It's best to work within what communications (as a science) understands about comprehension, not with a report formatting technique that, imho, is wildly outdated.

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...Unfortunately, all current HI report systems ignore or are unaware of communication paradigms....

It's best to work within what communications (as a science) understands about comprehension, not with a report formatting technique that, imho, is wildly outdated...

Precisely. Just today I was reading up on Adobe Indesign CS 6 at a local bookstore. I've been looking at it for a few weeks. It's the kind of software that an HI report writing software designer could use to come up with the format that they want to mimic. A model to begin writing code.

Sometimes you gotta do it yourself.

Marc

PS: still can't open that OP report

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Kurt, NASA & I are reviewing your comments. Expect to hear back on Tuesday...by 4pm...

I know your not a fan of excessive photos from reading your past post (as a science, I stop by almost everyday but don't often respond), but we, you an I know that the Multi-Media generation, that was once an anomaly, has arrived.

...recite code..to lay people, who know nothing more about a house than living in one?

...know your audience...

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If you're trying to transfer as much understanding as possible in tight time constraints with folks that don't have previous understandings of the context & technicalities, short bursts of info with visual reinforcement are where you want to be.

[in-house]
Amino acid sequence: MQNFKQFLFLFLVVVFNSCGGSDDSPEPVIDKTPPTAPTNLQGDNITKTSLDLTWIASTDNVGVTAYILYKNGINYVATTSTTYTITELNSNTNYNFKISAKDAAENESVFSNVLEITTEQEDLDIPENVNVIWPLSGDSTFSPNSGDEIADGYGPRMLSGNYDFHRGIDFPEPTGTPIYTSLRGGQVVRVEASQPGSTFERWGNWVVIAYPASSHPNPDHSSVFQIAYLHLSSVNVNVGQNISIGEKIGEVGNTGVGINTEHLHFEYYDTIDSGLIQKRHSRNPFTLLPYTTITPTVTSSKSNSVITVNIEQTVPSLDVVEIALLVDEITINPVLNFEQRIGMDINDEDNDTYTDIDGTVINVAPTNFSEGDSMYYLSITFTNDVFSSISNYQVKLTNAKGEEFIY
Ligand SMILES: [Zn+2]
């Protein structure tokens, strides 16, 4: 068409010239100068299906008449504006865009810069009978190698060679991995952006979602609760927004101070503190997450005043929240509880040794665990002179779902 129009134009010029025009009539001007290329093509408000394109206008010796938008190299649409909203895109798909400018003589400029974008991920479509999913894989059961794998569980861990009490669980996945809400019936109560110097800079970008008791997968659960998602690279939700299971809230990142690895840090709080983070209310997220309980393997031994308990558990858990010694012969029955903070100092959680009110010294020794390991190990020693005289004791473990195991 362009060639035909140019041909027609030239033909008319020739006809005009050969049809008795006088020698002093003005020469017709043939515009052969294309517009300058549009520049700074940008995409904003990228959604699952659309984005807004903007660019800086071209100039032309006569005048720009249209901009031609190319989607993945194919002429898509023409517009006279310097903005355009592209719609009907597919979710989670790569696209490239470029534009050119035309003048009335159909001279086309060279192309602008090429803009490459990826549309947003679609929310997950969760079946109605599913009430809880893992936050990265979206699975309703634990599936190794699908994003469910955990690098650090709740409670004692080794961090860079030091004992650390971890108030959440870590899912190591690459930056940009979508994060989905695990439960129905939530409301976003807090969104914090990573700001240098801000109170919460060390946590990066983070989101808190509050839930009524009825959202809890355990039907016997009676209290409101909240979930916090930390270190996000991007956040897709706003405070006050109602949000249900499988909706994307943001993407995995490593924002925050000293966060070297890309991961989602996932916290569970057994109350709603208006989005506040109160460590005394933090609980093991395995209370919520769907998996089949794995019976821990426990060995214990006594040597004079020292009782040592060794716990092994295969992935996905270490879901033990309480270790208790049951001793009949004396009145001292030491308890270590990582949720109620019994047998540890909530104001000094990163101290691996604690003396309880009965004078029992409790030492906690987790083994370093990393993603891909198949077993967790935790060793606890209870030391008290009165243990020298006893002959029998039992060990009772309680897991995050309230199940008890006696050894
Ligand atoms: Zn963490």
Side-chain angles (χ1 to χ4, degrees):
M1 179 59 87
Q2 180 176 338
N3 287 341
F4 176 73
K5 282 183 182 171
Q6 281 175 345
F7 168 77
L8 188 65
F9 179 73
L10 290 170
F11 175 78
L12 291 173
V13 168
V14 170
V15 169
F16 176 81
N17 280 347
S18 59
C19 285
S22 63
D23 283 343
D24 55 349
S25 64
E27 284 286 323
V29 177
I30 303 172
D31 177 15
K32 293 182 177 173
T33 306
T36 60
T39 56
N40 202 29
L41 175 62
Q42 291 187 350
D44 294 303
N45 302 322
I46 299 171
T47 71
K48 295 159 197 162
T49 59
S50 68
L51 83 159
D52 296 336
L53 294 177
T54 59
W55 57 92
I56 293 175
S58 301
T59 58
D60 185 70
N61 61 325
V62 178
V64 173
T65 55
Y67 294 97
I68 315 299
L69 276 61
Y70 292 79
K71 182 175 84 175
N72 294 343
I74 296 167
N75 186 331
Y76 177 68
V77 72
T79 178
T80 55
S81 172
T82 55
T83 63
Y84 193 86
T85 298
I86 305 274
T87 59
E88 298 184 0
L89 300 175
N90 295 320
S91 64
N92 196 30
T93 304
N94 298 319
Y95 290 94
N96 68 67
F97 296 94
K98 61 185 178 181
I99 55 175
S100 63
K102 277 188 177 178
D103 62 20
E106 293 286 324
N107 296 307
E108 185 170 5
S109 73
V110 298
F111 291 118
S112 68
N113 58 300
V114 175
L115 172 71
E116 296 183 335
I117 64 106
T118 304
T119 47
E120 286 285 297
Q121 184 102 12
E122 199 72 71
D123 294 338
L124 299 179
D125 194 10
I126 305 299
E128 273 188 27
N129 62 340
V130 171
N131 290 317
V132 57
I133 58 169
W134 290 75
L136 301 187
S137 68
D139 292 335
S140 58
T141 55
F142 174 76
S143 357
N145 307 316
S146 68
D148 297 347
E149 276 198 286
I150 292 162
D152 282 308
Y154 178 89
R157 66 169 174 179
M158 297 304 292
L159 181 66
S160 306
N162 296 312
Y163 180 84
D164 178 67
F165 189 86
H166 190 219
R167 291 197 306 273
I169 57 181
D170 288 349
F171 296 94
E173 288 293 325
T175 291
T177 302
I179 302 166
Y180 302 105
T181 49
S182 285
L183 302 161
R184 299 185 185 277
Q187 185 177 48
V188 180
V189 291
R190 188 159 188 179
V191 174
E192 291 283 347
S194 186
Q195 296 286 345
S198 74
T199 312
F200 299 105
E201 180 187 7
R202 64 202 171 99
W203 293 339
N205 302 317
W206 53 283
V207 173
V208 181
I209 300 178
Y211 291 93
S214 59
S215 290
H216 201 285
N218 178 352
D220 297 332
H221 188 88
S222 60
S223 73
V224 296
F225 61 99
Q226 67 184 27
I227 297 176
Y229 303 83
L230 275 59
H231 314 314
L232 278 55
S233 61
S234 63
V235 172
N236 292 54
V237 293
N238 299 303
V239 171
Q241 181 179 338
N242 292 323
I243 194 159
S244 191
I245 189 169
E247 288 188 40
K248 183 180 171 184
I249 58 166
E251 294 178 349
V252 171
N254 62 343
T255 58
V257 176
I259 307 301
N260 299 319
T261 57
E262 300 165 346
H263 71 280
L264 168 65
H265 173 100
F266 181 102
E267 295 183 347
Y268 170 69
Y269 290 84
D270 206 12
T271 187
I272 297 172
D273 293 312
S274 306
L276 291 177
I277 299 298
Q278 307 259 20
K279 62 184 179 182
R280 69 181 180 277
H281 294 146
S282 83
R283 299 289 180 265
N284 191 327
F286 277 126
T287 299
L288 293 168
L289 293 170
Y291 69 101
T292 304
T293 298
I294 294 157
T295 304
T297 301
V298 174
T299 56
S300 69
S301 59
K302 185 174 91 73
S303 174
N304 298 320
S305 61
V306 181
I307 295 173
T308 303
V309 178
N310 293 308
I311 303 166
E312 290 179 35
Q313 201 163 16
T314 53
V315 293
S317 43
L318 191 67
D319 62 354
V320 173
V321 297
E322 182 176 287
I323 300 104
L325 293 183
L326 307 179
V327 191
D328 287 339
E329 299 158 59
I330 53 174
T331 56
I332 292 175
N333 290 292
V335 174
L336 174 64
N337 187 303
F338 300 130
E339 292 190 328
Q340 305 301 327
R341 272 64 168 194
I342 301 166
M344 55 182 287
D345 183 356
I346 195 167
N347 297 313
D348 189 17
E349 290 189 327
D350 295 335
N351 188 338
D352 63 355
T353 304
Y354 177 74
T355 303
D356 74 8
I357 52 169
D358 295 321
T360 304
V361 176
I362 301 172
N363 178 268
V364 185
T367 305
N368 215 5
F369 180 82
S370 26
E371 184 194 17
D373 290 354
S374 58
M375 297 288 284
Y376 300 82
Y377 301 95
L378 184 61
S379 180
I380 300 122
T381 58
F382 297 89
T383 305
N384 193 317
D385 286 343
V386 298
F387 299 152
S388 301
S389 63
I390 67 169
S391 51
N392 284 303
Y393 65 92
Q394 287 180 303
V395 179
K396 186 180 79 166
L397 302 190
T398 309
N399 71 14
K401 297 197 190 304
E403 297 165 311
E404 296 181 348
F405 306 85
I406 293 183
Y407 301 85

Everyone please read the bold text several times.
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This is just my general observation without regard to being specific about any individual items.

I think you have stuff in the report that does not need to be there. I suggest you look at the SOP which you follow. Include what they require and beyond that, include the specific items that you think need to be fixed. Leave the rest out.

I bet you could shrink that report by 10 pages and still deliver the information needed in context of what people are looking for in a home inspection.

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Thanks Bill & Kurt, I love the criticism. Isn't our job to explain to homebuyers what there're getting into? Without inspector talk...

Yes I John, I could not mention Model/Serial numbers but I have a good reason for the details.

I've learned the hard way that I'm a great guy during a home inspection and often recommended by word of mouth, but when someones dishwasher fails two weeks later, who do they call...better have a photo of it working.

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I see two issues with photo 24. 1. It doesn't show the complete box so I can't review it accurately. 2. The white wire on the top left breaker isn't marked properly.

It'd be easier for us to provide meaningful feedback if you unsecured this particular report so we could copy and paste the section we were referring to with our commentary.

By the way, Adobe isn't all that hard to crack to make changes to the original.

I guess I just prefer the (as Kurt so aptly put it) "short bursts of info with visual reinforcement." See photo below.